This could have been my first word.
My mother was a remarkably good cook and baker. I grew up baking with her, mostly delicacies containing chocolate. As an adult, I continued in this noble vocation and baked brownies for Balducci’s, a specialty store in New York City, using my mother’s recipe, of course. In 2004, on my honeymoon in the south of France, I discovered a chocolatier named Joel Durand who created wonderful things with chocolate. My first thought was “why don’t we have chocolate like this in the USA?” My second thought was “I can do this.” Upon my return to the states I began working with chocolate in a whole new way. Thus, here, in the Chelsea district of New York City, Chocolate in Chelsea was born.
What does "only the finest chocolate" mean? We hear this claim from almost everyone using chocolate, sometimes it is bolstered with place of origin, or percent of cocoa. Yet we are rarely told what makes great chocolate and how we are to judge it.
Chloe Doutre-Roussel, considered the foremost chocolate sommelier, tells us what actually makes a fine chocolate and how we can know it. I will briefly attempt to explain her wisdom.
Chocolate comes from cocoa beans which grows on trees within 20 degrees latitude either side of the equator. There are three main varieties, Criollo, Forastero and Trinitario.
- The Criollo, comprising one percent of beans grown, is the best and most fragrant bean. Sadly, it is also the most fragile.
- Forastero, comprising eighty-five percent of beans grown, is the least fragrant but the hardiest and by far the most plentiful, and the least expensive.
- Trinitario is a high quality hybrid bean of Criollo and Forastero, very fragrant and not as fragile as the Criollo. It comprises fourteen percent of beans grown.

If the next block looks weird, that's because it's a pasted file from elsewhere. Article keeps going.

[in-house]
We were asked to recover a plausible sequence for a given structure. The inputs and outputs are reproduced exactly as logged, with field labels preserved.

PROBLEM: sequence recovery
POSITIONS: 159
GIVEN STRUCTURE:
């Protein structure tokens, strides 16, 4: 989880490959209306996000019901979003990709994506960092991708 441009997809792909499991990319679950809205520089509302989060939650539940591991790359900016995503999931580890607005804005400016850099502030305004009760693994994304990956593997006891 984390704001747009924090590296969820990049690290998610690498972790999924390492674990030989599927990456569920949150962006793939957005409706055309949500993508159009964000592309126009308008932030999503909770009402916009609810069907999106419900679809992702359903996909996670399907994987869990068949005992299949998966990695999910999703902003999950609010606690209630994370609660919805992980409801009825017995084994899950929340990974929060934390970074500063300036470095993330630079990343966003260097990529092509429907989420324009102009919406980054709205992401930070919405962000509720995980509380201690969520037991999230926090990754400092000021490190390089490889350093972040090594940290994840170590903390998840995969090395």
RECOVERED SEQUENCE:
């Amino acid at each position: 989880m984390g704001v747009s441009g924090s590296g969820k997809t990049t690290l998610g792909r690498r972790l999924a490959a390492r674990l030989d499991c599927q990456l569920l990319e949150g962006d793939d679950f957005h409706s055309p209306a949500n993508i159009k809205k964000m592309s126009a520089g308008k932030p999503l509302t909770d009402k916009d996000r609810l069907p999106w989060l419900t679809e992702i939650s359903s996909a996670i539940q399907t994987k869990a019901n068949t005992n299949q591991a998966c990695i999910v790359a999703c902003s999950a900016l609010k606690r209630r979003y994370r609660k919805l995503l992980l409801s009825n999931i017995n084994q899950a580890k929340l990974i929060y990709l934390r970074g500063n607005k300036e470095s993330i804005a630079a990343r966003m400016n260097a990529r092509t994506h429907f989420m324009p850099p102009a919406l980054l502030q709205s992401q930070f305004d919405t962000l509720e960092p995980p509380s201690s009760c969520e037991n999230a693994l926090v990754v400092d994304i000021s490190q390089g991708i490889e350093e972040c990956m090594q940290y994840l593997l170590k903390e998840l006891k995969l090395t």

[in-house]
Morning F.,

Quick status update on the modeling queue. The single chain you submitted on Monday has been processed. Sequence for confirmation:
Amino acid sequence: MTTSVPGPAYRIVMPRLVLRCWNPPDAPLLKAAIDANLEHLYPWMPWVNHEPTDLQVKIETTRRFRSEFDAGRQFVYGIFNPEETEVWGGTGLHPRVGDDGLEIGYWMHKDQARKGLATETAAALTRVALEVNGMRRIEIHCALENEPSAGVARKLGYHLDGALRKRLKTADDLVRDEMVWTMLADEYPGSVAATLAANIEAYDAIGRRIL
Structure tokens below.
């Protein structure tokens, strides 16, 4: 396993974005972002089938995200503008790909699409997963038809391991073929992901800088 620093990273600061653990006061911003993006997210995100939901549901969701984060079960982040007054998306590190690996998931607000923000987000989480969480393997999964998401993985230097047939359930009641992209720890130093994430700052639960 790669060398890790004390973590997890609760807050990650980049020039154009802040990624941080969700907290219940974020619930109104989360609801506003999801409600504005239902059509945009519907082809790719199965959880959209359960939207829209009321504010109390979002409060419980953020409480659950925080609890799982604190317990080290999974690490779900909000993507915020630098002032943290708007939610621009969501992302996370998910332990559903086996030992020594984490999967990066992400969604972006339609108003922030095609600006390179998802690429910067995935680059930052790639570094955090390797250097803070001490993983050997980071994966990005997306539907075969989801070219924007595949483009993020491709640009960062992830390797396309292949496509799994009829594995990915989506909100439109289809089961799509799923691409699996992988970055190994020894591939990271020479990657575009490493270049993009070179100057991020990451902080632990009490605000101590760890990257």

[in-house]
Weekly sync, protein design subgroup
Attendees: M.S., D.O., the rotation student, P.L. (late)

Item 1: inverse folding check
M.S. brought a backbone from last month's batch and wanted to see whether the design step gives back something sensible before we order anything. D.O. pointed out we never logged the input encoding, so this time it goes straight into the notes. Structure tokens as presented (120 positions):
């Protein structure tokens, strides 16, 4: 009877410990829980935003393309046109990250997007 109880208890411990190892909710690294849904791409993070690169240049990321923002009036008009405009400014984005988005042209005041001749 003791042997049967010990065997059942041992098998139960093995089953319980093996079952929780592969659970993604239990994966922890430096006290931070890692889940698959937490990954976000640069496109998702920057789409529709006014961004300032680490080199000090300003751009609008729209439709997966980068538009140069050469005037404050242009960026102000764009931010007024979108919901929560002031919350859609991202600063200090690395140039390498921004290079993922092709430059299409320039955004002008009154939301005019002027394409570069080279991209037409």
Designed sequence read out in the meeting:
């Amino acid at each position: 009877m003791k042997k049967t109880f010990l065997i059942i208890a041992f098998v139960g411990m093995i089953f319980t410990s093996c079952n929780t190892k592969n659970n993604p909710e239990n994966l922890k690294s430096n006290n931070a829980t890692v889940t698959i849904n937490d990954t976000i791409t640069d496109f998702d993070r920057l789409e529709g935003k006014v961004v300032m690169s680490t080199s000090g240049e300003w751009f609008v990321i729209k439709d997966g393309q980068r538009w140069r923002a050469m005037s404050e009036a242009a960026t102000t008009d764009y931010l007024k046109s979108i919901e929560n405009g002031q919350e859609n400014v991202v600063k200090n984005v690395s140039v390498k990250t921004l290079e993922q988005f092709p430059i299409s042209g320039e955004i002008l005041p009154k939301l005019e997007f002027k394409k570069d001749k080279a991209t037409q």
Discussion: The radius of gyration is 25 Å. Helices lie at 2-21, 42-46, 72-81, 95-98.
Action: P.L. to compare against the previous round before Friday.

Because the Criollo is fragile and rare, today what is called Criollo is actually a cross between Trinitario and Criollo. (A few premium chocolate companies are attempting to find ways to revive and increase the Criollo bean.) Most of the beans used in producing chocolate today are of the Forastero variety. Some manufacturers also add artificial ingredients to extend shelf life and flavor of the Forastero. The Criollo and Trinitario are exquisite on their own.How the beans are processed is also important to the finished product. So it is choice of bean and the processing that make a great chocolate. Taste is ultimately what will tell you what a fine chocolate is; we hope you will join us in this delicious adventure.
A few companies are taking the time and expense to produce truly wonderful chocolate from the Trinitario and Criollo bean. Some of them are Valrhona, Michel Cluizel, Bonnat, Amedei, Pralus, Domori, and Felchin, available in premium specialty food stores and online.
At Chocolate In Chelsea we use only the finest chocolate from Valrhona and Michel Cluizel. Because chocolate can transport you from the ordinary to the extraordinary!